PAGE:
Boyer Chute National Wildlife Refuge

From Wikipedia, the free encyclopedia
Jump to: navigation, search
Boyer Chute
IUCN category IV (habitat/species management area)
Map showing the location of Boyer Chute
Map showing the location of Boyer Chute
Location Washington County, Nebraska, USA
Nearest city Omaha, NE
Coordinates 41°28′02″N 096°00′04″W / 41.46722°N 96.00111°W / 41.46722; -96.00111Coordinates: 41°28′02″N 096°00′04″W / 41.46722°N 96.00111°W / 41.46722; -96.00111[1]
Area 4,040 acres (1,630 ha)
Established 1992
Governing body U.S. Fish and Wildlife Service

Boyer Chute National Wildlife Refuge, created in 1992, is a National Wildlife Refuge (NWR) located along the banks of the Missouri River in the U.S. state of Nebraska.[2][3] The 4,040-acre (1,630 ha) refuge preserves an area that had been cultivated and neglected before the early 1990s.[4] Channelization projects along the Missouri River to improve flood control and navigation resulted in the closing off a side branch of the river, known since the early 19th century as Boyer Chute. Between 1820 and 1937 the Missouri River had migrated 3 mi (4.8 km) eastward and the area of the chute had originally been on the east bank of the river; today, the chute is west of the main channel of the Missouri.[4] In 1937, the Army Corps of Engineers began to rechannel portions of the Missouri River, cutting off the chute to flowing water. Overgrowth and cultivation took over the lands now preserved in the refuge. Restoration of the area commenced in 1993; this included planting 9,100 native plants and trees and restoring the inflow to the chute from the main channel of the Missouri River.

Today, the refuge is home to dozens of mammal species, including White-tailed deer, beavers, opossum, raccoon, bobcat, fox and coyote. Bald eagle, heron, duck, Belted Kingfisher and hawks are known to inhabit the refuge.[4] Restoration projects also improved sport fishing opportunities by providing better breeding habitat. The refuge is along one of the primary bird migration routes in North America; the population of migratory birds increases substantially during spring and fall months.

Several miles of nature trails provide access through portions of the refuge and a concrete pedestrian bridge crosses over the chute to an island. During low water flow levels along the Missouri River in the late fall and winter months, the chute may have little or no water in it. Hunting is allowed in season with a permit and there are several fishing piers. No pets are allowed in the refuge.[4]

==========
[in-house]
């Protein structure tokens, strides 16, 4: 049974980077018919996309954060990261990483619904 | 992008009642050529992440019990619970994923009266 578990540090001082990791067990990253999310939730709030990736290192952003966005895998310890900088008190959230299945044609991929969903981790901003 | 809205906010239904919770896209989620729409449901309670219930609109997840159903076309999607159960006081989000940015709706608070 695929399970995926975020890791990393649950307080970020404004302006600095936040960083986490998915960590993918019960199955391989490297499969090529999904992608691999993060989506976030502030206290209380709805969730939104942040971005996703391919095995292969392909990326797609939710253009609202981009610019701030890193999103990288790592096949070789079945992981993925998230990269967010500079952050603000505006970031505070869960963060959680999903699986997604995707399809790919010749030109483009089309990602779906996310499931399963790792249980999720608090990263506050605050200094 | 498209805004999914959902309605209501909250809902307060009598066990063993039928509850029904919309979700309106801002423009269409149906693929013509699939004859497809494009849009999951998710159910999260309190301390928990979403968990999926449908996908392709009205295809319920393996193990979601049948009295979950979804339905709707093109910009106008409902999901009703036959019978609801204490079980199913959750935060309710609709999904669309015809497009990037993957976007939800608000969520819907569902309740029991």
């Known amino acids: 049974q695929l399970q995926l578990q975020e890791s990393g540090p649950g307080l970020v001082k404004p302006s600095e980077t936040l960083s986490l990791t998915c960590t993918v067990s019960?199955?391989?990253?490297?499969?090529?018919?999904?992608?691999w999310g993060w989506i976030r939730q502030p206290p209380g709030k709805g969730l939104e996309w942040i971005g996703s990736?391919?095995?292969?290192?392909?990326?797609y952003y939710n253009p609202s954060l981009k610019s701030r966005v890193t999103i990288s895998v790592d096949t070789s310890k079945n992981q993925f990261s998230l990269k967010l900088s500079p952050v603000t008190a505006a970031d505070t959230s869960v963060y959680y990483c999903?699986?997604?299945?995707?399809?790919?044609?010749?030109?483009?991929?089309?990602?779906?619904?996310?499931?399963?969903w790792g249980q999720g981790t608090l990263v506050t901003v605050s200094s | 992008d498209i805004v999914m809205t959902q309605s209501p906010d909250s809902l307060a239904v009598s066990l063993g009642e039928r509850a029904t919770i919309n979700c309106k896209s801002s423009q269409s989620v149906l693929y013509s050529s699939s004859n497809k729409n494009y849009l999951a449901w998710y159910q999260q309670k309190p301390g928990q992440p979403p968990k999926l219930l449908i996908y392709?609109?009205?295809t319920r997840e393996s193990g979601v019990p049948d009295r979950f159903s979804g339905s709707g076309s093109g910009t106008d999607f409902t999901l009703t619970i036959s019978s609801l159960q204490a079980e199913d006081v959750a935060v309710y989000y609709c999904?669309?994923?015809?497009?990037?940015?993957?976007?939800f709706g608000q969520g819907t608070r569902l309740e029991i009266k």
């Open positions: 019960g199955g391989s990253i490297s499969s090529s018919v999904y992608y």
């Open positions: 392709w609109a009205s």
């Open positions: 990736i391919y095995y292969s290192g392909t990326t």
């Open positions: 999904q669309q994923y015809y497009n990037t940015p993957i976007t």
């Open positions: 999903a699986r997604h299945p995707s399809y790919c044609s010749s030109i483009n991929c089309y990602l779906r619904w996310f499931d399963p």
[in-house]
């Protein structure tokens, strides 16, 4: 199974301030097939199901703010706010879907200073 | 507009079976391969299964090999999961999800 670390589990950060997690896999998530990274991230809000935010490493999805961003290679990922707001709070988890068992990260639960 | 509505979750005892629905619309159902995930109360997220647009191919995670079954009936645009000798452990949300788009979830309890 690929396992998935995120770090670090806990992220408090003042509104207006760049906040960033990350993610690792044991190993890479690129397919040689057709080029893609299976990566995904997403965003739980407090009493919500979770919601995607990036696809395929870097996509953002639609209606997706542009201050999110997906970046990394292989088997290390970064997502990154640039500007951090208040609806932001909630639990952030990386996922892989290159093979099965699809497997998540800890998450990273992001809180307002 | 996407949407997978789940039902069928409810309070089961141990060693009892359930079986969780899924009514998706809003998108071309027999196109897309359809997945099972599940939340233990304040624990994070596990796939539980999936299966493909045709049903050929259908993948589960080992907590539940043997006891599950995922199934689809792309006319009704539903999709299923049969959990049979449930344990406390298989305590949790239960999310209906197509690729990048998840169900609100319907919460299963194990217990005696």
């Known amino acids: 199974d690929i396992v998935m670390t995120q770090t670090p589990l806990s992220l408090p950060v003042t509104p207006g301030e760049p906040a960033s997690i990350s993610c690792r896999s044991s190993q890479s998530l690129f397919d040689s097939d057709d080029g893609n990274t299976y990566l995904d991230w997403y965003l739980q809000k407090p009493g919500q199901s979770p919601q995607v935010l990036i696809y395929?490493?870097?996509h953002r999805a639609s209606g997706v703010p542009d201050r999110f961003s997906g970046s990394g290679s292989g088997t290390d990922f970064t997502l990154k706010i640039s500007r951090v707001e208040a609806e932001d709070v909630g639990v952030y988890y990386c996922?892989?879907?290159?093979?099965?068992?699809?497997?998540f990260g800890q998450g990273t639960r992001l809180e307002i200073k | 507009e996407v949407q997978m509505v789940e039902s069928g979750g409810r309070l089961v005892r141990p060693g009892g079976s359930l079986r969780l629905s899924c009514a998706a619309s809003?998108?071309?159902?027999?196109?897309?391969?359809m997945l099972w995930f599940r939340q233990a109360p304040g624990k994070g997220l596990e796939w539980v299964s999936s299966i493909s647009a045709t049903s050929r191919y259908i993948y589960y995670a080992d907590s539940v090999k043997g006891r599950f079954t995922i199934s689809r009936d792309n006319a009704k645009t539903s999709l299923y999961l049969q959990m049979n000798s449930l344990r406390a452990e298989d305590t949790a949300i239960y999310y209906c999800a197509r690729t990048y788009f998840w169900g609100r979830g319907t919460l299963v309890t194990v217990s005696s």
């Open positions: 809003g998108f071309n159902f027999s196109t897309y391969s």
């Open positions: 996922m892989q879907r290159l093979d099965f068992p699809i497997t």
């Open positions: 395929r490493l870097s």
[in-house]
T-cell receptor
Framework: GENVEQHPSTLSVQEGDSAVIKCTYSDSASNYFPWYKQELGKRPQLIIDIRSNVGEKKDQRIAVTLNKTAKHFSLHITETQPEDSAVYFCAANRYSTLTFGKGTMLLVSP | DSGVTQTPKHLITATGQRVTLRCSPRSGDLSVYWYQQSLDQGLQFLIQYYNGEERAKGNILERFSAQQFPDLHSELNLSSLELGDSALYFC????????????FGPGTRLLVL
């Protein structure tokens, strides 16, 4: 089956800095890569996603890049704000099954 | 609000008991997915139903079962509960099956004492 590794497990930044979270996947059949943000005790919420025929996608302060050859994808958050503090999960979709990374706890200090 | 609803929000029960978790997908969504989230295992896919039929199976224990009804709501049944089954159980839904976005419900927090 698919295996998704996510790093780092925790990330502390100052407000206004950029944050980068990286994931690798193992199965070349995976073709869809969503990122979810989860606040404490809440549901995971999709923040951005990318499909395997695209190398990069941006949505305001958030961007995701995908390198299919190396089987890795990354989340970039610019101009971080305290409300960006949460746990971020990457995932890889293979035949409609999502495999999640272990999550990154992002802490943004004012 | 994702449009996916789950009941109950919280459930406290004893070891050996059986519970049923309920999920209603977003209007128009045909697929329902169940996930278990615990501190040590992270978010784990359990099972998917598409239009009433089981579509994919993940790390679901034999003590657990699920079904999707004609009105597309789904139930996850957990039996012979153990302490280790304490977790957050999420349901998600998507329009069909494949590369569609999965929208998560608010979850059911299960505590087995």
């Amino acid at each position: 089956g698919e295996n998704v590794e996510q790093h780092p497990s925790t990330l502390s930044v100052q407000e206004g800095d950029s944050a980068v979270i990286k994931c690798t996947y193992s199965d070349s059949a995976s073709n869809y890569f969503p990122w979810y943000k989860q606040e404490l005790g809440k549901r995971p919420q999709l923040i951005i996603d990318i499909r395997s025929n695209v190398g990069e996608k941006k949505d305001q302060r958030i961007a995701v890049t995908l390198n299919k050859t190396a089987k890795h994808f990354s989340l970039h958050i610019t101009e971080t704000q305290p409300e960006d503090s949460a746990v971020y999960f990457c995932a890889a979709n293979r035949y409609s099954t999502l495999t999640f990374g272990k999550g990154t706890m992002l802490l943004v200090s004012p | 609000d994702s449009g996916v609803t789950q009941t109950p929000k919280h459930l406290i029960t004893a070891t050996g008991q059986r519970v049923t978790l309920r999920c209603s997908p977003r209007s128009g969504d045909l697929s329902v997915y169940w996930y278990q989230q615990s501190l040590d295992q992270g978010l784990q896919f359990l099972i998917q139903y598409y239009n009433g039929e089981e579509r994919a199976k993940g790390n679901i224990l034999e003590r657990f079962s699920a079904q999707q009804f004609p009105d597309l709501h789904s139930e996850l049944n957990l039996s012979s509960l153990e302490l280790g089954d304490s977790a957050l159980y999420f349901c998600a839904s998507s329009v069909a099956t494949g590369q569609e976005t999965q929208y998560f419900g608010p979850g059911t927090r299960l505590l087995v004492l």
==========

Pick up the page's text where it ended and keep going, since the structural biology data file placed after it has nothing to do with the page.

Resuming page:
The refuge sustained extensive damage during the 2011 Missouri River floods. As of Spring 2012, the refuge roads remained closed and no date had been determined for when they would be reopened. 300,000 dollars has been requested to remove six flood damaged structures in an effort to get the refuge reopened. Planners indicated that structures may not be rebuilt since there is no method to protect them from future flooding events.[5]

Boyer NWR is located 15 mi (24 km) north of Omaha, Nebraska; most visitors follow U.S. Highway 75 to Fort Calhoun, Nebraska, and then follow the signs east for 3 miles (4.8 km) to the refuge.[4] Built in the 1820s, Fort Atkinson, the first U.S. Army post west of the Missouri River, is 2.5 mi (4.0 km) west of the refuge.

See also[edit]

References[edit]

  1. ^ "Boyer Chute National Wildlife Refuge". Geographic Names Information System, U.S. Geological Survey. Retrieved February 15, 2014. 
  2. ^ Topoquest (USGS Quads). Loveland, IA (Map). http://www.topoquest.com/map.php?lat=41.45223&lon=-95.94795&datum=nad83&zoom=8&map=auto&coord=d&mode=zoomout&size=m. Retrieved February 15, 2014.
  3. ^ "Annual Report of Lands Under Control of the U.S. Fish and Wildlife Service" (pdf). U.S. Fish and Wildlife Service. September 30, 2010. p. 23. Retrieved February 15, 2014. 
  4. ^ a b c d e "Boyer Chute National Wildlife Refuge" (pdf). U.S. Fish and Wildlife Service. October 25, 2013. Retrieved February 15, 2014. 
  5. ^ "FY 2013 Budget Justification" (pdf). U.S. Fish and Wildlife Service. Retrieved February 15, 2014.